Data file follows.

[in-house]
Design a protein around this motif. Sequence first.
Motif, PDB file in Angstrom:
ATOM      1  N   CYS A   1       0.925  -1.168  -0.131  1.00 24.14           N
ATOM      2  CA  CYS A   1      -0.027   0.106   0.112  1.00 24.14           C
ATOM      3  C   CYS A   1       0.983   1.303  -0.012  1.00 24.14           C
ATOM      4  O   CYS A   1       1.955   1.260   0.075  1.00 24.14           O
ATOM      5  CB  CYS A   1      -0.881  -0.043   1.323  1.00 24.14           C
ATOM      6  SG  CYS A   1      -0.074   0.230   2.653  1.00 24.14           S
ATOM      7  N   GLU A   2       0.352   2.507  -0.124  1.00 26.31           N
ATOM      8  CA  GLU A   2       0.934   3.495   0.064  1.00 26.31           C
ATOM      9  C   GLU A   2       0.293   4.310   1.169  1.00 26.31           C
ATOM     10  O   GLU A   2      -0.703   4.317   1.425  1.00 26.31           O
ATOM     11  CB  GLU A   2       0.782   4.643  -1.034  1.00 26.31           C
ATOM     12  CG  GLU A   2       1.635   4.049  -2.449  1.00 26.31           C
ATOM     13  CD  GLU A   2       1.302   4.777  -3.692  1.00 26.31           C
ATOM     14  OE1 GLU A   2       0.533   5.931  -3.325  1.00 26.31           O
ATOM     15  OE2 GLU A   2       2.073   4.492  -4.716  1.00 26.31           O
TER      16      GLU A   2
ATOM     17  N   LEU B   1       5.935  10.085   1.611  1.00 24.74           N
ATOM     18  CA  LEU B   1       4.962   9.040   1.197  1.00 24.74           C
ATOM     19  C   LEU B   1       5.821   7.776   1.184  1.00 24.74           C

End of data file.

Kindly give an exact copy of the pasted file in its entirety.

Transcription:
[in-house]
Design a protein around this motif. Sequence first.
Motif, PDB file in Angstrom:
ATOM      1  N   CYS A   1       0.925  -1.168  -0.131  1.00 24.14           N
ATOM      2  CA  CYS A   1      -0.027   0.106   0.112  1.00 24.14           C
ATOM      3  C   CYS A   1       0.983   1.303  -0.012  1.00 24.14           C
ATOM      4  O   CYS A   1       1.955   1.260   0.075  1.00 24.14           O
ATOM      5  CB  CYS A   1      -0.881  -0.043   1.323  1.00 24.14           C
ATOM      6  SG  CYS A   1      -0.074   0.230   2.653  1.00 24.14           S
ATOM      7  N   GLU A   2       0.352   2.507  -0.124  1.00 26.31           N
ATOM      8  CA  GLU A   2       0.934   3.495   0.064  1.00 26.31           C
ATOM      9  C   GLU A   2       0.293   4.310   1.169  1.00 26.31           C
ATOM     10  O   GLU A   2      -0.703   4.317   1.425  1.00 26.31           O
ATOM     11  CB  GLU A   2       0.782   4.643  -1.034  1.00 26.31           C
ATOM     12  CG  GLU A   2       1.635   4.049  -2.449  1.00 26.31           C
ATOM     13  CD  GLU A   2       1.302   4.777  -3.692  1.00 26.31           C
ATOM     14  OE1 GLU A   2       0.533   5.931  -3.325  1.00 26.31           O
ATOM     15  OE2 GLU A   2       2.073   4.492  -4.716  1.00 26.31           O
TER      16      GLU A   2
ATOM     17  N   LEU B   1       5.935  10.085   1.611  1.00 24.74           N
ATOM     18  CA  LEU B   1       4.962   9.040   1.197  1.00 24.74           C
ATOM     19  C   LEU B   1       5.821   7.776   1.184  1.00 24.74           C